Shark attack prevention update

Tracking Sharks has added a new info covering shark attack prevention.

The information covers several things that can help prevent negative shark encounters along with information on what to do should you come face to face with a shark.

Below is a short excerpt.

However, sharks do bite people and there are things you can do to avoid potential danger.

Shark attack prevention

  1. Do not go into the water if you see a shark.
  2. Know the area. Ask lifeguards or locals if sharks have been spotted in the area.
  3. Do not go in the water if you are bleeding. Blood attracts sharks. Menstrual blood that is contained within the body may not be an issue.
  4. Do not swim or use the ocean during low light. Some sharks may be more active at night, dawn, and dusk, plus their vision could be impaired by the low light.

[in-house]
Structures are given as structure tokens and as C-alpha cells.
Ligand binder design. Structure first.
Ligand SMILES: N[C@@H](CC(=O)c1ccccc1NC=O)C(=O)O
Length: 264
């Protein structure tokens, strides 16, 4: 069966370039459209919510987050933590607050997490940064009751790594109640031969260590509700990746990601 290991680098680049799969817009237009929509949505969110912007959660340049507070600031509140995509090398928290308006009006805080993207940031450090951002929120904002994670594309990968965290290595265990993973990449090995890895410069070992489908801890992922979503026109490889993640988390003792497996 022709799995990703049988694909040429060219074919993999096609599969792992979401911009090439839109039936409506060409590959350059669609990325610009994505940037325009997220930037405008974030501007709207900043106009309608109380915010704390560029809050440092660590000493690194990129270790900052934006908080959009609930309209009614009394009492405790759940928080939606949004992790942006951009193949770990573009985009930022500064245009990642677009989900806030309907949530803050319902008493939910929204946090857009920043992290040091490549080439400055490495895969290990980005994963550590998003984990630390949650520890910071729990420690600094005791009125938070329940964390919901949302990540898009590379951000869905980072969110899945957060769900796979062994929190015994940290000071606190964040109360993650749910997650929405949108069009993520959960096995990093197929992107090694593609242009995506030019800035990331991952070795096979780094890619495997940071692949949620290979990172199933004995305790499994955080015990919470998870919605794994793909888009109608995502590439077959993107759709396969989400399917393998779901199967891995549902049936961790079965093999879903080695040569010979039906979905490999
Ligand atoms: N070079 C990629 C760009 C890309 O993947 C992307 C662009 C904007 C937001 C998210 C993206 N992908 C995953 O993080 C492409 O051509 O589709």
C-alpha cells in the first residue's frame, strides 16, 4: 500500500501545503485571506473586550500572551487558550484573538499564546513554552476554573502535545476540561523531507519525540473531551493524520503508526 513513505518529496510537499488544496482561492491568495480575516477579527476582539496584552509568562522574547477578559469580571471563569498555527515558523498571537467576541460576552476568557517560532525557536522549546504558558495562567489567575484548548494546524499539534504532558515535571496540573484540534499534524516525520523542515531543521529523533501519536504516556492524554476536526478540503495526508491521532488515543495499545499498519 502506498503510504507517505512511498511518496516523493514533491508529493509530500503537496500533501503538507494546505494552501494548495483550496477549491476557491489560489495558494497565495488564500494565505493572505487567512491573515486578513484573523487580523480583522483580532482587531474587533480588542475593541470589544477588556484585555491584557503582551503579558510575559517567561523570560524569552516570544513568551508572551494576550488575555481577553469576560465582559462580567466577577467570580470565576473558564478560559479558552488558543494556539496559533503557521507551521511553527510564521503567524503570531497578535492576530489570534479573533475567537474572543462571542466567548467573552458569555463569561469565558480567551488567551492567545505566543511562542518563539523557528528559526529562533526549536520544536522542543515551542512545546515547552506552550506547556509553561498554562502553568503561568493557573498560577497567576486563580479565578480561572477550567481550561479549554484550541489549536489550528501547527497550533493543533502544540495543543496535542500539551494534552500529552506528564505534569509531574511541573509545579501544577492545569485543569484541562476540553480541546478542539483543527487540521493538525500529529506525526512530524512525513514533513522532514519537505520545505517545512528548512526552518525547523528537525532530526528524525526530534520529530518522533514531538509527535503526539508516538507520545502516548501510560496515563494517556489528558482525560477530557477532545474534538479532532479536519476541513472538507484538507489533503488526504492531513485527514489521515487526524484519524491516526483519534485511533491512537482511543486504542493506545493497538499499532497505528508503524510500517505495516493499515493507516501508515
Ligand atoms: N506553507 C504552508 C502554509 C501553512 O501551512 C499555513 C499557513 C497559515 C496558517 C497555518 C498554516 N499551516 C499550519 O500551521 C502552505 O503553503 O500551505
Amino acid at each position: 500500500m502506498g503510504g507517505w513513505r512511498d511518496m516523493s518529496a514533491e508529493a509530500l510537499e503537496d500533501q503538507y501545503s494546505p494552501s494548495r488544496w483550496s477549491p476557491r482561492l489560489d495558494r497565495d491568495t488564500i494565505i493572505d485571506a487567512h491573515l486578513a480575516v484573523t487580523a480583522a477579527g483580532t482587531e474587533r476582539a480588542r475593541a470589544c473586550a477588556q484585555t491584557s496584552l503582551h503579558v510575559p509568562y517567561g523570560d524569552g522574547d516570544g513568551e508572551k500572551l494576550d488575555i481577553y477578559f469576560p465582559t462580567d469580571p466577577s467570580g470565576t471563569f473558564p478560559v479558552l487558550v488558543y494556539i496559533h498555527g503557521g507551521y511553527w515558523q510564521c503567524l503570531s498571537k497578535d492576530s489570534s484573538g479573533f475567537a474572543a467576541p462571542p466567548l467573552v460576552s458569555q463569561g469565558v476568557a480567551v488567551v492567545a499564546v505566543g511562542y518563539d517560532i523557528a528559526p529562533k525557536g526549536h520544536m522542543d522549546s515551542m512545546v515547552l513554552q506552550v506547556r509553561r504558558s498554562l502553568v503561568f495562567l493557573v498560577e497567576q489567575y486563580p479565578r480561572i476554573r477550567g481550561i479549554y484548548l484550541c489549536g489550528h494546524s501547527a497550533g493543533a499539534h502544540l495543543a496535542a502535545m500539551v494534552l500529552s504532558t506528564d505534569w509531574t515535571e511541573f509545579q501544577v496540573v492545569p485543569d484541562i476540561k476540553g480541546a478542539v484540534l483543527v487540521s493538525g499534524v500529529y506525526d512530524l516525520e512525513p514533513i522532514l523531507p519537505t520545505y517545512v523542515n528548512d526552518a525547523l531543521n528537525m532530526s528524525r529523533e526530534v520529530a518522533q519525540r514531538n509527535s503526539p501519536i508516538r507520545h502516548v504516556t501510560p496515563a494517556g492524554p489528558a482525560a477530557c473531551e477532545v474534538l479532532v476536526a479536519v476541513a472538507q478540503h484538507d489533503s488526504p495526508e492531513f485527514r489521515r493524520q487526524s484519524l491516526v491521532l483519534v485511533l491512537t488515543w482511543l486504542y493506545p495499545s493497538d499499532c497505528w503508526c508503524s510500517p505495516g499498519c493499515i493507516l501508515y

5. Avoid swimming near river mouths that meet with the oceans waters. Bull sharks are known to feed in these areas and the water may be murky.
  6. Avoid swimming in murky water. Sharks hunt using a variety of senses including sight. If they sense your presence, but can’t see you, they may come to investigate which could cause a negative interaction…..

Being attacked or bitten by a shark

While the majority of people bitten by sharks never saw the shark coming, there are some things you can do should you come face to face with a shark.

  1. Call for help.
  2. Prepare to fight. Sharks are not use to prey fighting back.
  3. Face the shark. Keep an eye on it as you slowly swim to shore.
  4. If you see a shark is acting aggressively and you believe a bite is imminent, you may choose to fold your non-dominate arm into a V shape with your wrist facing toward your bicep (to protect your arteries)….

A full list can be found in full at

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